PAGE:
A year of Investments for Ctrip
Ctrip's Q4 2014 earnings report showed them as the biggest online travel company in China in terms of transaction value.
ChinaTravelNews report by Nicole Sy - Ctrip.com International, Ltd. describes itself as “a leading travel service provider of accommodation reservation, transportation ticketing, packaged tours, and corporate travel management in China.” By the time their Q4 2014 earnings report came out, they were the biggest online travel company in China. Their 2014 net revenues were 7.3 billion rmb ($1.2 billion), up 36 percent year on year. Its stock jumped 22 percent the next morning, the highest in nearly four months.
When measuring transaction value, Ctrip leads China’s online vacation market with 23 percent market share in 2014, followed by Tuniu and eLong with 14 percent and 8.4 percent, respectively, as calculated by China Internet Watch. To note, the other top Chinese online travel company, Qunar is primarily a meta-search site, and is therefore not categorized as an online travel agency.
Ctrip has maintained its leading position through a series of strategic investments and acquisitions. 2014 was especially a big year for the company as it begins to expand internationally, targeting outbound Chinese travelers.
“Their international expansion aims to offer Chinese out-bound travelers or foreign companies in China an extension of their value-chain platform of tourism,” says Labbrand’s Director of Brand Strategy, Feifei Xu. “By international expansion, they are mostly targeting outbound Chinese travelers,” she says.
Ctrip acquired 51% of Tours4Fun, a vacation package site targeting Chinese traveling abroad, in January 2014 reportedly for RMB139 million (US$23 million).
In August 2014, largest online travel agency by market capitalization, Priceline purchased a 10 percent stake in Ctrip for $500 million. The Priceline investment in Ctrip widens audiences for both websites, as they will cross-promote each other and access the other’s portfolio of hotels and more.
In September 2014, Ctrip launched their new cruise-booking platform, making it the largest one in the Chinese language. In November later that year, the company announced a joint venture with Royal Caribbean Cruises Ltd. to create SkySeas Cruises, a cruise company designed to serve the Chinese cruise market. Both Ctrip and Royal Caribbean will own 35 percent each of the new company, which plans to begin operations in mid-2015 with one ship.
In a deal that culminated in January this year, Ctrip purchased a majority stake in London-based Travelfusion, an aggregator site for low-cost carriers and hotels, for a reported $160 million. According to Liang, “the strategic relationship we built with Travelfusion will further extend our leadership in China's international travel market, and enhance the efficiency and effectiveness of our IT system by leveraging Travelfusion's advanced technology.”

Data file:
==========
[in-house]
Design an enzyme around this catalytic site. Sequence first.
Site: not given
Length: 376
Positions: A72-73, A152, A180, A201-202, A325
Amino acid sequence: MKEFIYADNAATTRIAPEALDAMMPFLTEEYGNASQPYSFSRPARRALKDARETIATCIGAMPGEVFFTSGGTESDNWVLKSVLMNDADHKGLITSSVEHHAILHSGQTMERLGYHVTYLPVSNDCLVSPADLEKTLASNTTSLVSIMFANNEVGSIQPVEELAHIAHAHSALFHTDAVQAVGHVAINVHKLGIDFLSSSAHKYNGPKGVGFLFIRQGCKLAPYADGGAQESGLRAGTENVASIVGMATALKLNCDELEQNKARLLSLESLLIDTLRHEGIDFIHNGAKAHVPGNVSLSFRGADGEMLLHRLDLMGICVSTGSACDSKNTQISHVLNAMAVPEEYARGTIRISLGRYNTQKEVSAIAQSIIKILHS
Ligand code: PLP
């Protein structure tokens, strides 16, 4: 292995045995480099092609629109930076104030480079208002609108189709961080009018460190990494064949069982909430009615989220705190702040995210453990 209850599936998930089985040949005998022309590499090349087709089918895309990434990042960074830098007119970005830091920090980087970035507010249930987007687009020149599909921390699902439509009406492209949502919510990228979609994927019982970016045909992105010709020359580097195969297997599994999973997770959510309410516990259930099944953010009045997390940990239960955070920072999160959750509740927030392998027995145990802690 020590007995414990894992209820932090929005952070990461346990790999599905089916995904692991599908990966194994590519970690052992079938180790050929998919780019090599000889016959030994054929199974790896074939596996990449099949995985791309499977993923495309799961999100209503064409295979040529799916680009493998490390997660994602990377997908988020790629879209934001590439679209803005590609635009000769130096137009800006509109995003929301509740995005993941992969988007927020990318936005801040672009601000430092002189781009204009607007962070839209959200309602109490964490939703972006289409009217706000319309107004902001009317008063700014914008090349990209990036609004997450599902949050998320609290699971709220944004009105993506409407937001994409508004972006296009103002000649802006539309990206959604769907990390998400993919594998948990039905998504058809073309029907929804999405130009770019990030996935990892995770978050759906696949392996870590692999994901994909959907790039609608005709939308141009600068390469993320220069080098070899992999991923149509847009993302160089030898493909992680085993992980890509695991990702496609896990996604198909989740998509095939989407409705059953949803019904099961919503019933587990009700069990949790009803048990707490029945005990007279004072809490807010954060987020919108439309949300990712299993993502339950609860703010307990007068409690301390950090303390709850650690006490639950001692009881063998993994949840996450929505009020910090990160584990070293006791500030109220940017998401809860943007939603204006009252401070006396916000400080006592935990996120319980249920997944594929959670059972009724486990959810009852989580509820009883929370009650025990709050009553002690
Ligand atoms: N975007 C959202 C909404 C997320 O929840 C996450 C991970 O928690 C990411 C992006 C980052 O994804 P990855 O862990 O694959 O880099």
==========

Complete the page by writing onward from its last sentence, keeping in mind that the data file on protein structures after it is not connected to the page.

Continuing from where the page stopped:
Ctrip also partnered with Madrid-based Amadeus to provide “all air content for points of sale outside of mainland China. This initially includes Hong Kong, Taiwan, Korea and the USA, with future plans to move into Canada, Australia, New Zealand, Japan and Thailand, as well as additional markets,” according to Amadeus.
Ctrip also invested with car rental and services provider, Yongche and eHi and has minority stakes in hotel operators, China Lodging Group Ltd., BTG-Jianguo Hotels & Resorts Co., Ltd., and Home Inns (where Ctrip co-founders Neil Shen and Jianzhang Liang are also co-founders).
Ctrip holds 15.1% of the outstanding shares of Homeinns, while it owns 9% of China Lodging Group, which owns and operates the Hanting hotel chains around China, for US$67.5 million (approximately RMB461 million) in March 2010.
Ctrip then sold Starway Hotels (Hong Kong) Limited back to China Lodging Holdings (HK) Limited, a wholly owned subsidiary of China Lodging Group Limited. Starway Hotels paid Ctrip a commission of RMB6 million (US$1 million) for the period from January 1, 2013 to November 30, 2013.
As further signs of the market consolidating, Ctrip invested in its competitors, LY.com and Tuniu.com. In April 2014, it purchased a minority stake in LY.com, a leading local attraction ticket service provider for RMB1.4 billion. According to Ctrip’s recently released annual report, “We have entered into agreements to provide hotel rooms to LY.com. Total commissions to LY.com paid by us amounted to RMB76 million (US$12 million) for the period from April, 2014 to December 31, 2014.”
Ctrip has a total of 4.6% of Tuniu’s total outstanding shares as of the end of 2014, with one out of nine seats in Tuniu’s Board.
They also have non-controlling interests in online trip package service provider, Tujia.com International Co., Ltd. Ctrip and other investors raised shares for Tujia in three rounds of funding, totaling US$126.3 million.
In 2014, Ctrip invested in fourteen companies, with a total investment of approximately 4.2 billion RMB (US$674 million).
“The market is consolidating,” says Xu. “But for this industry, I'm optimistic because the tourism boom is ongoing and it will develop very quickly in the future.”